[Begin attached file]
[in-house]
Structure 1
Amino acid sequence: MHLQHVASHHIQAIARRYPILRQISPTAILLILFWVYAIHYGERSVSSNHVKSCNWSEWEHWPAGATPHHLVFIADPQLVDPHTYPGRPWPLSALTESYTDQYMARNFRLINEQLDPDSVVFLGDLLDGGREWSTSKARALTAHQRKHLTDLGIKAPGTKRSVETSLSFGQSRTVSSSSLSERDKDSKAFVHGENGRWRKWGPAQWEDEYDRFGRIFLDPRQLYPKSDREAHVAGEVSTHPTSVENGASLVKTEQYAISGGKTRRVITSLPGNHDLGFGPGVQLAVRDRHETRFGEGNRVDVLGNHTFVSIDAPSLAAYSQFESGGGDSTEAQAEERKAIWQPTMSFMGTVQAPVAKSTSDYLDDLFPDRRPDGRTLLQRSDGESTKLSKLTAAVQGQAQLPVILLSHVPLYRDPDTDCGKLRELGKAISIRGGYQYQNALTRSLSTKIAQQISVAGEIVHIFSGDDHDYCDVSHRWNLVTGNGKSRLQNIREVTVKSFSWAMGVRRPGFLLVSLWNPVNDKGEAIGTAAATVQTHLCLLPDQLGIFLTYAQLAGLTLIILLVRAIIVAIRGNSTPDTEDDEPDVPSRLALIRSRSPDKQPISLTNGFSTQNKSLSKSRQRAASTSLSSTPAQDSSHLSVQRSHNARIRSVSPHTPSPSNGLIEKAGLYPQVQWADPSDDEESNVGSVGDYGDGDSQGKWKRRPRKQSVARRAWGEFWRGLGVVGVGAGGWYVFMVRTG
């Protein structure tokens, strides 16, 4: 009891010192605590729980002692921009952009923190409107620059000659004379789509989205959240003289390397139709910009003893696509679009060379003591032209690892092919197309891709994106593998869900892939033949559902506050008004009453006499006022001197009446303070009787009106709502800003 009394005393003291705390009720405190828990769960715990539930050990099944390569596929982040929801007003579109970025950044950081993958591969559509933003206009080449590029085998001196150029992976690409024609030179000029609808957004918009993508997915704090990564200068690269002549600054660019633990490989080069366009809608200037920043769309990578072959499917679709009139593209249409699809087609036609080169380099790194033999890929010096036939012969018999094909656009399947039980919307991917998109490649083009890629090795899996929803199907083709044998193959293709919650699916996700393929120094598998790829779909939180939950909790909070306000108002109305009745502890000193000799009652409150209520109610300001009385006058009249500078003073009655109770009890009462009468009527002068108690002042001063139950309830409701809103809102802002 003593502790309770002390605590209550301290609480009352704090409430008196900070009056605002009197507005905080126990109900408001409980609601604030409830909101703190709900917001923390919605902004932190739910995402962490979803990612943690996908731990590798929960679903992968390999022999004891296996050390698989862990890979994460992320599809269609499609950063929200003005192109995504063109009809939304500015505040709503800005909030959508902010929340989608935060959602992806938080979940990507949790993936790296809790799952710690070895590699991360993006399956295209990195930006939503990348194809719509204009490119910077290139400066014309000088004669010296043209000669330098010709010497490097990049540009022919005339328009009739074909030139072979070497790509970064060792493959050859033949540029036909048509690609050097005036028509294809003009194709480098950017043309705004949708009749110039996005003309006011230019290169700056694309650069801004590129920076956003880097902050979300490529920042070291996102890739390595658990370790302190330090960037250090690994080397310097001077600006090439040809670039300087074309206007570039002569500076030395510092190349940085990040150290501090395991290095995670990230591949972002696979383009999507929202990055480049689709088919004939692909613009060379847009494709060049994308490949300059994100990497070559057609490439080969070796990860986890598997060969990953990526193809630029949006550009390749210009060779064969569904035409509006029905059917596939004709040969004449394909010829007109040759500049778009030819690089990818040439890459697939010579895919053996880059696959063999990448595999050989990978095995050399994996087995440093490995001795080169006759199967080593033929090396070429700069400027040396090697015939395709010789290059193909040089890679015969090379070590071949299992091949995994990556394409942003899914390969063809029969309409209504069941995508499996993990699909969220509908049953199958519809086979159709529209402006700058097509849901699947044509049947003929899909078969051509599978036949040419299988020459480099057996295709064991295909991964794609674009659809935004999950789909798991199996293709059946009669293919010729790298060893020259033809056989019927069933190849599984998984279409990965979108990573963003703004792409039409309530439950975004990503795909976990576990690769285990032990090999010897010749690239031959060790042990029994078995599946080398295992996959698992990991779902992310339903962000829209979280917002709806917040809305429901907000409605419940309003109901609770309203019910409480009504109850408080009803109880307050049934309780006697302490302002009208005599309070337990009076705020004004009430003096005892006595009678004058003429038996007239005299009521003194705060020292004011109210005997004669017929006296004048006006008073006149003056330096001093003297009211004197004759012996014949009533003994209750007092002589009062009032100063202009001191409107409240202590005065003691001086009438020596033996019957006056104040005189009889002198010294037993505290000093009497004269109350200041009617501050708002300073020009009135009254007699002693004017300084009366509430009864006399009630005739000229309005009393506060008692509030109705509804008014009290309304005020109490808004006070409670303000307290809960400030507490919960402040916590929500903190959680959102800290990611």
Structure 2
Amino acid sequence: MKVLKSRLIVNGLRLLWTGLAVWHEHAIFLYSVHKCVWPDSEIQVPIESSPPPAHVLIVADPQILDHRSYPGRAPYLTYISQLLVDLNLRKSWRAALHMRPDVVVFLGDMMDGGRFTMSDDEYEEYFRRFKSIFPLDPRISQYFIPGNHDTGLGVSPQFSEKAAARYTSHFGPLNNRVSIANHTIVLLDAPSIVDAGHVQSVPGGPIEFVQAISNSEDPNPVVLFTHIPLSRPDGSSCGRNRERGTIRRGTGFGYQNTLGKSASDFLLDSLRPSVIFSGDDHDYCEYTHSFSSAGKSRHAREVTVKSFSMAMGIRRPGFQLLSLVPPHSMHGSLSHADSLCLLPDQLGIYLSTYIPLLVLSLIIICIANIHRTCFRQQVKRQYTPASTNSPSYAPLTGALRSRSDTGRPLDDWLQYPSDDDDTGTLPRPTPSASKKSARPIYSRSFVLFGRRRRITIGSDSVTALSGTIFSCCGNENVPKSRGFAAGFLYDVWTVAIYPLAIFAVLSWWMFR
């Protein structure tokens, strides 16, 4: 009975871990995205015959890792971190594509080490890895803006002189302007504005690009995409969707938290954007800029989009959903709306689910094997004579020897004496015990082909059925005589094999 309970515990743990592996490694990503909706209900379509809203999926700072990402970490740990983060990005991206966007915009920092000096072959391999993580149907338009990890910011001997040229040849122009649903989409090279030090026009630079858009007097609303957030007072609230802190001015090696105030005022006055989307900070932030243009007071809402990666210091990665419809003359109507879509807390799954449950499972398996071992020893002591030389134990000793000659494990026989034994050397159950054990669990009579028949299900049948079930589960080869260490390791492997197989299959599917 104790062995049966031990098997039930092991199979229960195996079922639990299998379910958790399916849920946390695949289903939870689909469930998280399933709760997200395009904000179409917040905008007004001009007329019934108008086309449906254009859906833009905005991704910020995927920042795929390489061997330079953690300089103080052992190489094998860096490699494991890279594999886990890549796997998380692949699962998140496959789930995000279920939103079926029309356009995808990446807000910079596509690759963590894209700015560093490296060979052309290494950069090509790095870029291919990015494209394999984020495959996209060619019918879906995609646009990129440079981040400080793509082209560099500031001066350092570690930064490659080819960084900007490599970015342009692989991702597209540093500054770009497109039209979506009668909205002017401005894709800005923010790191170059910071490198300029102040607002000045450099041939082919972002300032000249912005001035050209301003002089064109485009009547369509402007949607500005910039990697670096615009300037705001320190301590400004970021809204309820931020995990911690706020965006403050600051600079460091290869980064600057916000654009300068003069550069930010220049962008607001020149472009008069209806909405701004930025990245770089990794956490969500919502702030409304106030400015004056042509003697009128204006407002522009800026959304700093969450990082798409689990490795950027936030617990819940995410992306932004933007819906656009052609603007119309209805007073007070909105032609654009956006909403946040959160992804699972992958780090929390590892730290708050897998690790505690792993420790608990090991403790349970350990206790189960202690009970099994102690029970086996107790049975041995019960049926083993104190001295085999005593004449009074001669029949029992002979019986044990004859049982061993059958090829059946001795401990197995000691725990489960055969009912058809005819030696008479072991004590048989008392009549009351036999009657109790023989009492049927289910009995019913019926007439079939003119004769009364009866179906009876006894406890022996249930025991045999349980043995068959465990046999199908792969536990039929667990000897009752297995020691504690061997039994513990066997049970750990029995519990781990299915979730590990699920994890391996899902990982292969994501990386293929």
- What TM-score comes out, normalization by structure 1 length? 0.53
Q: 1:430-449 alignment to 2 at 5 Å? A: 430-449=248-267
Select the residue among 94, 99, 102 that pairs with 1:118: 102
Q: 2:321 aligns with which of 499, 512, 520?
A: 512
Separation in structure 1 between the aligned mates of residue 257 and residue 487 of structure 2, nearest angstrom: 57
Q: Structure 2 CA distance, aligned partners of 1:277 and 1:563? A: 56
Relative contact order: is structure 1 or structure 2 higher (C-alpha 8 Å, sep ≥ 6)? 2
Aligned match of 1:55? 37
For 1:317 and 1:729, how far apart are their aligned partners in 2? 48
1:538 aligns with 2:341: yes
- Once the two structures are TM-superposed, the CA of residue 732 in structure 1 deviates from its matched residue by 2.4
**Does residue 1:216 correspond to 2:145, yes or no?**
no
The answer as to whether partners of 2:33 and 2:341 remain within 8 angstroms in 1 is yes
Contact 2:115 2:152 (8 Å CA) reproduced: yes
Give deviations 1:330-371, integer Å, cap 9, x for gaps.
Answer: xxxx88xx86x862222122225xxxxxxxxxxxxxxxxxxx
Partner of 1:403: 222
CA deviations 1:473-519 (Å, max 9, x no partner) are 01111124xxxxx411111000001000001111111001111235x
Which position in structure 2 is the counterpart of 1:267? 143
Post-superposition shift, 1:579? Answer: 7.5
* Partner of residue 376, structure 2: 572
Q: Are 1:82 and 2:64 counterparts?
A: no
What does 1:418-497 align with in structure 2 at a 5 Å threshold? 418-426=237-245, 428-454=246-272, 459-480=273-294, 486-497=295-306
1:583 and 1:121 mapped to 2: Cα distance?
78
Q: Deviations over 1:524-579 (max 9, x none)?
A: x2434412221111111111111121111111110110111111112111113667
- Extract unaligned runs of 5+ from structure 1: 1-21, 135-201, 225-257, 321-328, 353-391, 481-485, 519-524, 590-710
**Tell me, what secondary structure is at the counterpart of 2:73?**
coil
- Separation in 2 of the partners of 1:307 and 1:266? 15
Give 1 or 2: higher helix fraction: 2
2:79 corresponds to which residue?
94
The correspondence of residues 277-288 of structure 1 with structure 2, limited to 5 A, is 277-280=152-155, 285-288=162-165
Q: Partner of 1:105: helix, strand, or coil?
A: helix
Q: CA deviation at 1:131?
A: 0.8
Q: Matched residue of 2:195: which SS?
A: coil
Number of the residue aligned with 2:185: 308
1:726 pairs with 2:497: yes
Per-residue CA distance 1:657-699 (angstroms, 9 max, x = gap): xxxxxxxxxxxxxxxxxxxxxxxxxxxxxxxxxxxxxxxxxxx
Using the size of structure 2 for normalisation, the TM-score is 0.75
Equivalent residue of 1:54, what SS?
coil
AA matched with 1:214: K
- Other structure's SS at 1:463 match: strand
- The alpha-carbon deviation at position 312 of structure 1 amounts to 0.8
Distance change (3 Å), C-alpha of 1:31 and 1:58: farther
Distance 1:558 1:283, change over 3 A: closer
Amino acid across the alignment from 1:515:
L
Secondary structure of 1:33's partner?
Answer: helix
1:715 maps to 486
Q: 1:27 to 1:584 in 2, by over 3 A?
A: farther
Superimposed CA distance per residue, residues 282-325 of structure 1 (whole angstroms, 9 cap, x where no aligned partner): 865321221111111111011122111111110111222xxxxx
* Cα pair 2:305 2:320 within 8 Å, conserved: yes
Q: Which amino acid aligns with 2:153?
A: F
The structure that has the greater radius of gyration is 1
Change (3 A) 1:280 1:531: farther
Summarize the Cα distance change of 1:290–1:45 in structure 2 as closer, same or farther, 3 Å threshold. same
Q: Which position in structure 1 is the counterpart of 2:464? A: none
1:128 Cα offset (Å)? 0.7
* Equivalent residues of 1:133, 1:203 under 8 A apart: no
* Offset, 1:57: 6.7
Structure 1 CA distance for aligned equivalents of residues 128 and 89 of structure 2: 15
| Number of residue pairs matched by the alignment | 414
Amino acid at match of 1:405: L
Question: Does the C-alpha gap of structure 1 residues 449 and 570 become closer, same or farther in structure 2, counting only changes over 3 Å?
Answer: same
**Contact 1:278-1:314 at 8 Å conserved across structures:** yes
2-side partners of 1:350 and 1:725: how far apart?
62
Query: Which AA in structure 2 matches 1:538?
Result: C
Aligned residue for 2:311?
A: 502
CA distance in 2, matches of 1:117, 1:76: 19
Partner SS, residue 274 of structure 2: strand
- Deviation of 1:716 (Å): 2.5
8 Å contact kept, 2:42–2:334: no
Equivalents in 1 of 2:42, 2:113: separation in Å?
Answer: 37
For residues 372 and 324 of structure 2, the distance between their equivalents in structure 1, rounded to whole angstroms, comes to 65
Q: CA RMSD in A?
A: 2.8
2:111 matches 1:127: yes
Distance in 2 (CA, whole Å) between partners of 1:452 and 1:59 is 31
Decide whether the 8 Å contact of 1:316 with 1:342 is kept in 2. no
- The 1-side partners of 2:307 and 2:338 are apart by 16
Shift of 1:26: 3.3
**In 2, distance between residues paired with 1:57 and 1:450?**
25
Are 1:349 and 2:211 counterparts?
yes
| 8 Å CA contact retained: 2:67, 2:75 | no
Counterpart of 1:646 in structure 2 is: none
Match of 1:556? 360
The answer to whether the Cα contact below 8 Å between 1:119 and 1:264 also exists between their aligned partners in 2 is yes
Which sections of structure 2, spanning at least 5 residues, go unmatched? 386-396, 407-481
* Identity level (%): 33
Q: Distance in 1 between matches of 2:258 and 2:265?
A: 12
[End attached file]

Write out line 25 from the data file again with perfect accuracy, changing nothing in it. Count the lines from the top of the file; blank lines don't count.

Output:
Answer: xxxx88xx86x862222122225xxxxxxxxxxxxxxxxxxx